Sarcomere tension–stiffness relation during the tetanus rise in single frog muscle fibres
- Cite this article as:
- Bagni, M.A., Cecchi, G., Colombini, B. et al. J Muscle Res Cell Motil (1999) 20: 469. doi:10.1023/A:1005582324129
- 72 Downloads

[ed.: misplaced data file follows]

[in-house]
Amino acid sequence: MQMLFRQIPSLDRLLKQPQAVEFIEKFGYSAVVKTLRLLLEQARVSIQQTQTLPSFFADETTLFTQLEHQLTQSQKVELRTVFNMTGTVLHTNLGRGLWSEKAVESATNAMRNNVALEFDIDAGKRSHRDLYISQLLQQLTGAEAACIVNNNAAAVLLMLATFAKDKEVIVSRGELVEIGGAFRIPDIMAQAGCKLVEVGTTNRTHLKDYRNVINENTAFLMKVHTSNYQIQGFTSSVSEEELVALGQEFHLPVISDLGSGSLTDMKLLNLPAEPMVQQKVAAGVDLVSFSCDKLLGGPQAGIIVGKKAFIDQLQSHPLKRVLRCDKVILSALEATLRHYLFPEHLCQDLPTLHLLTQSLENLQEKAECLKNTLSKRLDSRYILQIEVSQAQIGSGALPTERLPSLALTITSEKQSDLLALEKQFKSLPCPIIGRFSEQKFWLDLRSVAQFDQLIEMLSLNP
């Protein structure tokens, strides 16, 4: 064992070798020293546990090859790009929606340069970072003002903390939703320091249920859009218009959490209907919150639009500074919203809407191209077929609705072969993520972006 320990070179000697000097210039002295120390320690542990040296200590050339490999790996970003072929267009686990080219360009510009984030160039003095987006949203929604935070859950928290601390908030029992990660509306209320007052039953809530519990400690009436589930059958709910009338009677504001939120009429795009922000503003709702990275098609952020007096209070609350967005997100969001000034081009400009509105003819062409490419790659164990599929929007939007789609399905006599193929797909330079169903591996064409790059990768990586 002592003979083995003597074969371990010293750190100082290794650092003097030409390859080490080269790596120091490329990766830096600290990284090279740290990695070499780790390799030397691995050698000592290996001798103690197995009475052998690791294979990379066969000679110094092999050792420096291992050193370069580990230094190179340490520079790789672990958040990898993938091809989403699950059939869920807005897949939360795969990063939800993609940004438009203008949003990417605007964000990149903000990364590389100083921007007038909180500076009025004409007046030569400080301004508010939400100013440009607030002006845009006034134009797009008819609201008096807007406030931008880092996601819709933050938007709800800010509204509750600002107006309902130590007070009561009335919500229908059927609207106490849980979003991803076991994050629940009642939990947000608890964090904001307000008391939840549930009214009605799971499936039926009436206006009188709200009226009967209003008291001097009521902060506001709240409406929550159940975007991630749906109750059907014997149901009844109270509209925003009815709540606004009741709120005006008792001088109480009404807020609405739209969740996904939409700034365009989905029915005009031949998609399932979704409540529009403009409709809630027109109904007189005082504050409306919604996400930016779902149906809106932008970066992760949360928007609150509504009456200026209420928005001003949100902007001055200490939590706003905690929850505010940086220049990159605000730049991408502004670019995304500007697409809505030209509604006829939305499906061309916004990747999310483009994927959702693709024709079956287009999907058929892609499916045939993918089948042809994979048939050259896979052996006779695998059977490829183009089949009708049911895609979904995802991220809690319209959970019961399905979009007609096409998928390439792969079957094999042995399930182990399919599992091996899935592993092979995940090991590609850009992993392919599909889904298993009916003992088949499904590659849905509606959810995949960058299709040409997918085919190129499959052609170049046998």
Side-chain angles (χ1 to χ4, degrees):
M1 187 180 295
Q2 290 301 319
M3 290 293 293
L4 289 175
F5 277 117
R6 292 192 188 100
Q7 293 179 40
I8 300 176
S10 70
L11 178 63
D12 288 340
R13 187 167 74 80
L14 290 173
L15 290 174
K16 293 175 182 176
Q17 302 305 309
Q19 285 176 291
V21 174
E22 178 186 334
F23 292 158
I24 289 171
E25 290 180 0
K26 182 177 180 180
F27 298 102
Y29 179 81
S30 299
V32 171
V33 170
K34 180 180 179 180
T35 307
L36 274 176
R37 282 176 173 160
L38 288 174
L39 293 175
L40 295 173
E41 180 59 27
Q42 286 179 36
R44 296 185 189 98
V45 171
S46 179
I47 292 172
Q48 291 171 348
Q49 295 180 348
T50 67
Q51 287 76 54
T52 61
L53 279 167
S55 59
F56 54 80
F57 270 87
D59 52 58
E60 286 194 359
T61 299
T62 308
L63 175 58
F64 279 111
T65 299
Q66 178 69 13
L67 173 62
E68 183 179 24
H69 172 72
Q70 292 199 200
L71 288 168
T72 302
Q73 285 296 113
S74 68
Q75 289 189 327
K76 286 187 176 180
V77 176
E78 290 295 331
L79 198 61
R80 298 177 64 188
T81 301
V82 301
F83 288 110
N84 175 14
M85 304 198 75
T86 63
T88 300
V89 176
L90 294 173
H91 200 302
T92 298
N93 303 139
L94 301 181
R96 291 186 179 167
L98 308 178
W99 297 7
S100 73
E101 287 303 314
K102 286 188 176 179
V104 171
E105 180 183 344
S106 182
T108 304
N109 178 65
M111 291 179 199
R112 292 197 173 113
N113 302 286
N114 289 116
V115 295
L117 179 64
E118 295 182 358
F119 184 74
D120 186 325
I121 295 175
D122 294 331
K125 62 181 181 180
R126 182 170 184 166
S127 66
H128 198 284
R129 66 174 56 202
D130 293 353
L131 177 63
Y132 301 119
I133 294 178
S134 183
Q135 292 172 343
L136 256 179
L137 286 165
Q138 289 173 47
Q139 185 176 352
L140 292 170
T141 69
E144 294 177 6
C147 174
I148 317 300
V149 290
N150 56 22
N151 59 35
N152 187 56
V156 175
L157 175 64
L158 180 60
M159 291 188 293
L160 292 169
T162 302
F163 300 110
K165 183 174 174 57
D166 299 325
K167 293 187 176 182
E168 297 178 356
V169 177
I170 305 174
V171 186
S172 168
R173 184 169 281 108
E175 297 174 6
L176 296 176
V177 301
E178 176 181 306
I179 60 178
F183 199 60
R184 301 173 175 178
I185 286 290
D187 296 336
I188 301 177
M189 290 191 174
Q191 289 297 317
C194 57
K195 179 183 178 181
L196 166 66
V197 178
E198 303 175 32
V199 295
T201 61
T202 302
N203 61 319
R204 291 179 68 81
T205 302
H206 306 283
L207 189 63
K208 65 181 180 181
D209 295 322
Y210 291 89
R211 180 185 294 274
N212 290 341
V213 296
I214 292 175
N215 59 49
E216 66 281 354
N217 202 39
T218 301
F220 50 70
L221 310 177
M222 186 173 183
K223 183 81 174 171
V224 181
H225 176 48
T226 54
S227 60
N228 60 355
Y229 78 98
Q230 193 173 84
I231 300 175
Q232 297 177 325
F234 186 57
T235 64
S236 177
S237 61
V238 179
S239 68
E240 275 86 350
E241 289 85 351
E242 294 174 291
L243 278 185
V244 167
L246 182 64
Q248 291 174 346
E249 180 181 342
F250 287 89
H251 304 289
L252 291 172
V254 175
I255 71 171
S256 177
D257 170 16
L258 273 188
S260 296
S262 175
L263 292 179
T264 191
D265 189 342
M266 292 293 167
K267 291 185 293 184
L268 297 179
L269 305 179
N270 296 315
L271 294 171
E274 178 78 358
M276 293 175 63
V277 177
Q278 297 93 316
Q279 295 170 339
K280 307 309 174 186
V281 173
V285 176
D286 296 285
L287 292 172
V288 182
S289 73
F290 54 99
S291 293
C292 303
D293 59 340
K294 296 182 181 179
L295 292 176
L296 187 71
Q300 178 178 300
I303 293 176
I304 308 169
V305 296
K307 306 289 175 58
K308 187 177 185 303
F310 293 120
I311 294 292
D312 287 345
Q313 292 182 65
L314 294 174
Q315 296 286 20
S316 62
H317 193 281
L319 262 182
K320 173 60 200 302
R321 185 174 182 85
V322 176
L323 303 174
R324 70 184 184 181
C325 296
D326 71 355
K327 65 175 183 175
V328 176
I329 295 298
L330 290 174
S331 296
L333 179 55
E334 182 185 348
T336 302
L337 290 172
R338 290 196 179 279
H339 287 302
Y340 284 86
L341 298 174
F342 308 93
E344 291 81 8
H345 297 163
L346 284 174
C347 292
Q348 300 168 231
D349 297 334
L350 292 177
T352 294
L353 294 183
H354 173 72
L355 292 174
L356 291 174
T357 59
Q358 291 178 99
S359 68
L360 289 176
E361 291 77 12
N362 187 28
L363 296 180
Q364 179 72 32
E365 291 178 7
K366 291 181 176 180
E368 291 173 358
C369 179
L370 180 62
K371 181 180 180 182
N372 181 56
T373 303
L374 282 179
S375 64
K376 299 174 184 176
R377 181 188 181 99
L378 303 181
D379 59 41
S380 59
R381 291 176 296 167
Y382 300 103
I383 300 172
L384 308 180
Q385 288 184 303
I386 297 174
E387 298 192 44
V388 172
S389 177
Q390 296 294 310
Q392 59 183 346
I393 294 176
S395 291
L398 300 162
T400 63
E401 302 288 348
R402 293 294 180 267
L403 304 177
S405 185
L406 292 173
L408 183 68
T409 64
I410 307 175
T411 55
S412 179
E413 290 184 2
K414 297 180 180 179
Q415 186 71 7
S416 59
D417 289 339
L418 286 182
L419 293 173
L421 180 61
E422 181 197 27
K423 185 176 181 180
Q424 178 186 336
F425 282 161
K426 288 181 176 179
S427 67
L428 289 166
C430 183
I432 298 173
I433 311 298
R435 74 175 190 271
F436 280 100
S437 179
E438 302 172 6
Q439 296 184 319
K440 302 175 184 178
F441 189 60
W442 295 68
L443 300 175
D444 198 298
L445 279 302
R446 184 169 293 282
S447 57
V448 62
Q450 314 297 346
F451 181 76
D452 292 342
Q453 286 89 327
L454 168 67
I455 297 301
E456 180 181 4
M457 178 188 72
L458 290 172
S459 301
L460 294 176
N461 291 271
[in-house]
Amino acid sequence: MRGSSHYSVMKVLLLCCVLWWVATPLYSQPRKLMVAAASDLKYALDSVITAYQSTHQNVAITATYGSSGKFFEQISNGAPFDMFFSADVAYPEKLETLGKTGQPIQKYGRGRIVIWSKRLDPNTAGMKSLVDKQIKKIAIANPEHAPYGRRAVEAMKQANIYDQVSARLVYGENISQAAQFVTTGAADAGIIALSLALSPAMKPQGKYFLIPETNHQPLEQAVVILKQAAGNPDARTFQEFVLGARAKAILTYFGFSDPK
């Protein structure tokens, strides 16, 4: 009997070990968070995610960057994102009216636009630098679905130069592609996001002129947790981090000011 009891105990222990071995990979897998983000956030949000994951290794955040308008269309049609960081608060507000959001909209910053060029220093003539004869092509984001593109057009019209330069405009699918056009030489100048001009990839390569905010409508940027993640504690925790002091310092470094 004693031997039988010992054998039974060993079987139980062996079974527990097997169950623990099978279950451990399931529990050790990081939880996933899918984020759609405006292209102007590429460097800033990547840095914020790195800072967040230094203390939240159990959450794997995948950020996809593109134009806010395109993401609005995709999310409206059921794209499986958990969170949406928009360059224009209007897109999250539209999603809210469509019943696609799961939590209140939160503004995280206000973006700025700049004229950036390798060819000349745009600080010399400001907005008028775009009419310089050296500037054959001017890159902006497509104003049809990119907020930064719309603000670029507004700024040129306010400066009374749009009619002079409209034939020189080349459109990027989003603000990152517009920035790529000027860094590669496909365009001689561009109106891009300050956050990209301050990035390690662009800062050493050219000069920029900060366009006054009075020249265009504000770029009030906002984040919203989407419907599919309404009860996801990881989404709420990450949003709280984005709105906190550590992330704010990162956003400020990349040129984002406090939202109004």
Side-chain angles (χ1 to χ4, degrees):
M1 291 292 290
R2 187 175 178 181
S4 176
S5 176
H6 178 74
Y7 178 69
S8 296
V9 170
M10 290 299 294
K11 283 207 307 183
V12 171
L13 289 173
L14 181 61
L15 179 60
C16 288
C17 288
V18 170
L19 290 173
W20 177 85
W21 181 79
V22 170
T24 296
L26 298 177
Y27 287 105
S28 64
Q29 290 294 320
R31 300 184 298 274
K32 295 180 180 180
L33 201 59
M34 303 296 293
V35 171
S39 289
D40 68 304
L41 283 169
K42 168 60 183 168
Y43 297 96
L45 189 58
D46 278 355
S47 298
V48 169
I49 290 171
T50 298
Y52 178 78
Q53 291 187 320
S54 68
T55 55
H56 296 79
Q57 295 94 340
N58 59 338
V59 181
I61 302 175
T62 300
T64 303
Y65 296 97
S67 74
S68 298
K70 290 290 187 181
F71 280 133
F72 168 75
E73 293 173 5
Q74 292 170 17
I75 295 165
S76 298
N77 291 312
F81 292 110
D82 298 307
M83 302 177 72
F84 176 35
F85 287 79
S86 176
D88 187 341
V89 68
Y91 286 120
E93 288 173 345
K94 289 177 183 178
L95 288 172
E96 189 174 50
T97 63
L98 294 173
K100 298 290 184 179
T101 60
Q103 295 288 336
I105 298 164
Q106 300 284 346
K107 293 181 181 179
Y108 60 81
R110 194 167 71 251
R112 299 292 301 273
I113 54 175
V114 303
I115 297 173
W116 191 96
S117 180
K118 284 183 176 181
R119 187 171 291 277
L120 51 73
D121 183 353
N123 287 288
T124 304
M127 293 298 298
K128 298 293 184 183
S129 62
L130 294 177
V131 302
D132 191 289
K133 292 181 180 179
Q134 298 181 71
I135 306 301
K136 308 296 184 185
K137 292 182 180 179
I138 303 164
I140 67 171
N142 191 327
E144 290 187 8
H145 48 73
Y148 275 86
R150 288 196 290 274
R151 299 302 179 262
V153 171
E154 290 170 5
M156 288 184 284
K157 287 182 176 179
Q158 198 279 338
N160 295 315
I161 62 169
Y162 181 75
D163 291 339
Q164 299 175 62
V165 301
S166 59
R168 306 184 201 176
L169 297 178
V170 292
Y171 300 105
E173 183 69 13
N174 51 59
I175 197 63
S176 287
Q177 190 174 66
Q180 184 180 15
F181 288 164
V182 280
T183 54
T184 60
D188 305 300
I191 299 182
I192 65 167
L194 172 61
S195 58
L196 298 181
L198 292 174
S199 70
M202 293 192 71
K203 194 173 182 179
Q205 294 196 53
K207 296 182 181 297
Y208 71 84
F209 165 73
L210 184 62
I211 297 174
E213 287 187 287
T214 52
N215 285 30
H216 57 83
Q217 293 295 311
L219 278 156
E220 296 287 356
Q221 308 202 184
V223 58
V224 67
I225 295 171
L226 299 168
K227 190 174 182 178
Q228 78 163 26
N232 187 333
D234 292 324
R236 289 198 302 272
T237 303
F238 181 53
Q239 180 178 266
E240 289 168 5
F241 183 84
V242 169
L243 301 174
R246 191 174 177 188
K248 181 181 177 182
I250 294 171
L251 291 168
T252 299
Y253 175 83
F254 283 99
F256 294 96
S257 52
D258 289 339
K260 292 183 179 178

The sarcomere stiffness was measured in single muscle fibres during the development of tetanic tension using a method insensitive to fibre intertia and viscosity. The stiffness was calculated by measuring the ratio between tension and sarcomere length during a period of fast sarcomere elongation at constant velocity. Tension changes were corrected for force truncation by the quick recovery mechanism. The results show that the relation between force and stiffness deviates from the direct proportionality less than previously reported. If the deviation is due to the presence of a linear myofilament compliance in series with the cross-bridges, our data suggest that myofilament compliance accounts for about 30% of the sarcomere compliance. This value is significantly smaller than 50–70% determined by X-ray diffraction measurements. These two different findings, however, may be reconciled by assuming that the myofilament compliance is non-linear increasing appropriately at low tension.